• Jun Terra

Heroes for all seasons: Filipinos abroad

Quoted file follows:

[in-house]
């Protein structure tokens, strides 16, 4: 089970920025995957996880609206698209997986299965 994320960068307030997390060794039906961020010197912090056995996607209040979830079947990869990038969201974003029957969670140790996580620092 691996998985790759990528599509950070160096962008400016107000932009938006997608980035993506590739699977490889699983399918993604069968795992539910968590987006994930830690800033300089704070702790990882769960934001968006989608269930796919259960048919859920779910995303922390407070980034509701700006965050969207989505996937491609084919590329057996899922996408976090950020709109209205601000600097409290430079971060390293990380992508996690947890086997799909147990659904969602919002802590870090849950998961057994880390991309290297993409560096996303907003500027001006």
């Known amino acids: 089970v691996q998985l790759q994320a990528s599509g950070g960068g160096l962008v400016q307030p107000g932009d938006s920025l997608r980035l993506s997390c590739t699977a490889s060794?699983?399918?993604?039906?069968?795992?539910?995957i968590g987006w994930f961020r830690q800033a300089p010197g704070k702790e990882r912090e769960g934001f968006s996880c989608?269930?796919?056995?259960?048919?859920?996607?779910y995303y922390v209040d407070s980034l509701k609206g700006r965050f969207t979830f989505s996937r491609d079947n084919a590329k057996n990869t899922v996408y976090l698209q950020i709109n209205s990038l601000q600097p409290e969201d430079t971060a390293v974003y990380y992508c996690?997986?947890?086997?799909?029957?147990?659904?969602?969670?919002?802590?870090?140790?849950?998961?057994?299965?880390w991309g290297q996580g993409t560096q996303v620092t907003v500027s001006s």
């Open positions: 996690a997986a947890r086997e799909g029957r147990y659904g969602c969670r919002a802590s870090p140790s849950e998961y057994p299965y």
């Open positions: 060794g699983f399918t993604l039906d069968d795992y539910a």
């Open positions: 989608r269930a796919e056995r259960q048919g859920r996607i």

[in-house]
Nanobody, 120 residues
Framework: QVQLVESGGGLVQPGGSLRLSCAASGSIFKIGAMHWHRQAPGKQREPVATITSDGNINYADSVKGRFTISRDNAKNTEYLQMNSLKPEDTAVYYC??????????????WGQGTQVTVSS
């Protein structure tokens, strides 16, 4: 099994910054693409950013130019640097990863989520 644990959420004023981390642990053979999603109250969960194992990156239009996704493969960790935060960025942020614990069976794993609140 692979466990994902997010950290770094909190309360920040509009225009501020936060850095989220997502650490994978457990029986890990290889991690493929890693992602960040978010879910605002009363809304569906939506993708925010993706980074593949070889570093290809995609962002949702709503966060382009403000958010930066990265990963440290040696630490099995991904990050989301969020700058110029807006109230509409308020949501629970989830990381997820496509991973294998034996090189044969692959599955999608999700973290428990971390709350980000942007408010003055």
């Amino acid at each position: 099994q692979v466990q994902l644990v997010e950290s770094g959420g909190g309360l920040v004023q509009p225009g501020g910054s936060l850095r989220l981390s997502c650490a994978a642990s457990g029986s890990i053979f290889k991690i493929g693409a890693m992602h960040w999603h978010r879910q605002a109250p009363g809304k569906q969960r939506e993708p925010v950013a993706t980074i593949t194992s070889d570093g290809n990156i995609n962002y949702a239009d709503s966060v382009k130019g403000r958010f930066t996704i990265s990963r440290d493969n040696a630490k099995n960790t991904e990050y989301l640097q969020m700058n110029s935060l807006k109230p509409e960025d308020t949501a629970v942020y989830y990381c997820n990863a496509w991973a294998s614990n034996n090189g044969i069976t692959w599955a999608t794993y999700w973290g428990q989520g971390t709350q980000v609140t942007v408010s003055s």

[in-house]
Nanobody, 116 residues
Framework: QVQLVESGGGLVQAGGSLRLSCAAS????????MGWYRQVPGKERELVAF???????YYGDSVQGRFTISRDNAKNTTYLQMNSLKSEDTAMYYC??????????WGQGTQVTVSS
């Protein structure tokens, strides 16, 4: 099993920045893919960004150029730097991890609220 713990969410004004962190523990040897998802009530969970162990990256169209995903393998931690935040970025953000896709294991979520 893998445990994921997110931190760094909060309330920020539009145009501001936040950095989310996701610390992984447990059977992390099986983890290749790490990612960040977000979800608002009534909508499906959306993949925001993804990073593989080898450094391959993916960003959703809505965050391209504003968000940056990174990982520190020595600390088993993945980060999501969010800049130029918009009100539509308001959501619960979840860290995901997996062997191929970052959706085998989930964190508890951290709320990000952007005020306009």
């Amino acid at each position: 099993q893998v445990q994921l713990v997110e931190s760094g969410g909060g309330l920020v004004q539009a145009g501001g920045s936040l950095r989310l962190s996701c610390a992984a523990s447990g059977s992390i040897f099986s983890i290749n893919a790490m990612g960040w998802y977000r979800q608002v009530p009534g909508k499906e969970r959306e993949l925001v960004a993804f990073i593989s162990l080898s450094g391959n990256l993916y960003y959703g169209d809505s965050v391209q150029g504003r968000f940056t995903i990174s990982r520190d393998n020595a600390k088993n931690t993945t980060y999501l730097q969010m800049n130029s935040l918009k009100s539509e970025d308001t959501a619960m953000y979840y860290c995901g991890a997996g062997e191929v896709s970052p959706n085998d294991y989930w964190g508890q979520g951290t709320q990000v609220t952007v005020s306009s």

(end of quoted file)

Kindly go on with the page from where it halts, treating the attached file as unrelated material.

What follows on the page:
A race of survivors Filipinos are survivors. They need to be. After all, they live on a string of volcanic islands that are likely to explode anytime, albeit they are beautiful, fertile and rich in all kinds of natural resources. These islands on the westernmost rim of the great Pacific ocean are tips of the Asian plate whose constant shifts and collisions with the submarine Pacific plate produce earthquakes, landslides, tidal waves volcanic eruptions, the birth and submergence of islands under the sea, and regular alternation of typhoons and droughts. Quite rightly this most volatile region on earth is known as the “ring of fire.” People of the islands on this ring of fire have had to adapt their lives to the nature of their geography. Their own nature is shaped by their environment even as they try to mould its characteristics for their benefit. Many recent example of the Filipino’s survival instinct are fresh in memory. When Mt. Pinatubo exploded burying houses, churches, farmlands, orchards, entire towns that have lasted for centuries - in a word, the infrastructures that make life possible – under thick layers of volcanic ash known as lahar, whole populations moved away from the devastation to rebuild their lives in other towns, without panic, without drama. Television and newspaper coverage of the events captured vivid images of people calmly taking with them what they could to start a new life, faces covered with scarves or pieces of cloth so as not to breathe in the dust and fumes. The migrations were carried out in an orderly way. Without minimising the tragedy that the eruption created, what came across from the victims was the acceptance that this was something that will happen again and again. Within a few months they were back on their feet, carving a new livelihood and making something out of what nature had thrown at them. As farming was no longer possible, the fields having been buried under hardened ash, they summoned their other, hitherto, untapped skills. They started quarrying the hardened lahar and cutting them into blocks for building materials that they could sell. In the run-up to Christmas after the eruptions, they employed their hidden talents as sculptors, carving nativity scenes from the hardened volcanic ash. It was touching to see statues of the Holy Family, with the new born Jesus in a manger , the Three Kings, the sheep, the cow and all the other animals, all sculpted from the very ash that caused their tragedy. They sold these sculptures in the cities of the country and even exported them abroad. I bought a few sets to give away as Christmas presents to foreign friends. There could not be a more poignant example of survival than this. A history of upheavals If nature in the Philippines is characterised by volatility, the history of its people is seldom tranquil. It is marked by regular social and political upheavals that have come to be accepted as givens. Hardly had the country recovered from the ravages of Japanese occupation during the second world war than it had to contend immediately with peasant unrest and communist insurgency in the various islands. Over thirty years ago, at the height of the cold war between the US and the USSR, the Philippines was considered by a succession of American governments as their “right arm” in Asia and encouraged and supported a government of martial law in the country in their fight against communism in the region. When the military rule ended in 1986 and civilian governments faithful to the US agenda for the region took over, the basic social and economic causes of unrest in the country remained unresolved and warfare continues at a low but constant level, flaring up from time to time. Amidst the background of unrest and armed confrontations in the countryside, politicians carry on as politicians do, squabbling and struggling for power and position and pulling in the Catholic Church, the Military establishment and millions of people in the process. Fearful of instability, foreign investors are shying away from the country. During the Asian financial crisis a few years back, The Filipinos’ resilience came to the fore once more and they sat out the crisis until it passed over. Their resilience in facing the financial crisis and its social and political impact may be partly explained by their being used to living in unstable natural and man-made conditions. They have become inured to all forms of calamity. But that is only part of the story. Their resilience has been and is bolstered by the constant and continuing moral and financial support of their relatives and compatriots in the diaspora. This is a relatively new phenomenon in the country’s history that can trace its beginning to only thirty odd years ago when Filipinos started working, settling and building communities in several countries around the world – not by choice but driven by the country’s lack of economic and social opportunities. A new dimension has been added to the capacity of the Filipinos in the Philippines for survival: the support of Filipino communities overseas. Currently, the country is experiencing another prolonged political upheaval with its current government – generally regarded as illegitimate – besieged by investigations for alleged involvement in graft, electoral cheating, bribery, corruption, political assassinations, bribery, etc. On top of this, the world rice and food crisis is affecting the majority of the population of the country quite badly. This is another period that is testing the Filipino’s resilience. Filipinos abroad: heroes for all seasons Time and again, Filipinos abroad have shown their enthusiasm in helping their country of origin in good times as well as bad. During the Mt. Pinatubo eruptions and its aftermath, the response of the Filipino communities in the diaspora was swift, decisive and without reservation. They raised funds, sent money, food medicine and clothing to the victims. Their support did not end there. They helped in rehabilitating their livelihood through local organisations and they continue their support to this day. In this period of the rice crisis in the country, reports say their remittance has jumped up from US$8billion to US$14.billion, showing their quick response . At the last count, overseas Filipinos number more than 6 million. The majority have settled in various adopted countries and they are beginning to build viable and vibrant communities. The saying: “absence makes the heart grow fonder”, maybe a cliché, but there is a lot of truth in it. The attachment of Filipinos to their attachment home country has become stronger. In a year their financial contribution to the Philippine economy comes up to more than US$8 billion. This amount is bigger than that of the Japanese Miyazawa plan to help economic recovery in the country which stood at US$1 billion. It dwarfs the contribution from the sale of some of the multinationals in the Philippines (San Miguel, US$591.5 million; Philippine Long Distance Telephone, US$385 million). The biggest single British investment in the Philippines spearheaded by Shell and British gas is in the extraction of natural gas at the Malampaya fields off Palawan. It amounts to US$5billion. It is a one off investment, and after this, it is profits all the way to the bank for the investors. This amount is equivalent only to half a year’s remittance from Filipinos abroad, which continues year after year. Single investments of many foreign companies in the Philippines cannot begin to approach the amount sent annually by Filipinos abroad. Translated into social terms, its contribution to the stability of the country is immense. Filipinos abroad have become the main supporter of the Philippines morally and materially and their remittance has become one of the main pillars of the country’s economy, without which its political and social fabric would be torn to shreds by the tensions brought about by the poverty and lack of opportunities for the majority within the country. Without any fanfare, overseas Filipino scientists, technologists., doctors, businessmen, teachers and other professionals regularly go to the Philippines to share their expertise with their local colleagues and through local organisations and institutions, helping in developmental projects in the country. Many overseas Filipinos support local, community-based charity organisations avoiding the mediation of politicians as much as possible in the process. Abroad, in the countries they have settled in, Filipinos, against all odds, try to raise a positive profile of the country, and endeavour to explain the oftentimes tangled events in the Philippines to bemused international observers. Through their actuations in their adopted countries they build bridges with other peoples and cultures. Overseas Filipinos have become - not by design, but through their concern, steadfastness, constancy, and dependability in helping their mother country - “modern day heroes, ” as one glib politician put it. A phrase, to my mind that would describe them more accurately is this: “heroes for all seasons.” For they are there for the Philippines, in fair weather or foul, without fail and without hesitation. In effect, they have become a ready-made international network the country could rely on. Despite this, Filipino communities abroad are officially undervalued. They seem to be perceived by the country’s politicians only as a source of direct financial support to keep the country's economy afloat while they carry on with their shenanigans. The granting of dual nationality and the right to vote for overseas Filipinos for which they have had to fight and campaign hard for many years has further encouraged them to have a stronger commitment to the Philippines and now makes their involvement in the affairs of the country more real and meaningful. One of issues now exercising the minds of the older generation of Filipinos abroad is the question of the second generation, born and bred in their adopted countries and with little knowledge and identification with the parents’ country of origin. Not satisfied with their own support, they are preparing their offsprings, the second generation to take on the task of providing support for the Philippines when they are no longer active or have moved on. Through various community educational and leisure activities, both structured and impromptu, they have been introducing the second generation to the better values and aspects of Philippine culture, a task doubly difficult because they grow up amidst the Western media’s highlighting almost always only the negative aspects of the country’s political and social system and confirmed by the reality of rampant political corruption and the widespread poverty among the general population. In this task of building and strengthening the international support system that they have created, Filipinos in the diaspora need the help of individuals who can appreciate what they are doing and that of official as well as unofficial institutions and organisations in the Philippines. For instance, instead of making its embassies concentrate mainly on courting foreign investors, the government of the country could build sturdier bridges and stronger links with its own people, its kith and kin abroad and set aside some funds for genuine partnership programmes. This would cost less than the amounts bureaucrats lavish on chasing foreign investors in organised junkets. Mind you, there won’t be the under the table deals, bribes, big handouts, windfalls and commissions that dealing with foreign multinationals oftentimes brings to politicians. However, if there is any lesson to be learned from the many crises that country has been going through since the return of civilian rule in 1986, it is this: the Philippines cannot depend on foreign investors whose chief aim is to make profit from their investments nor on other countries for help. The globalised market economy which successive governments after 1986 have blindly embraced is harsh and no one will look after the country’s welfare but itself. However, it can always be sure of the unselfish support of Filipinos in the diaspora who, although they work and live abroad and have taken on other nationalities, maintain a deep and abiding concern for their country of origin and its destiny. Jun Terra, London juntrr@yahoo.co.uk [First published in EuroFilipino Journal, 2008]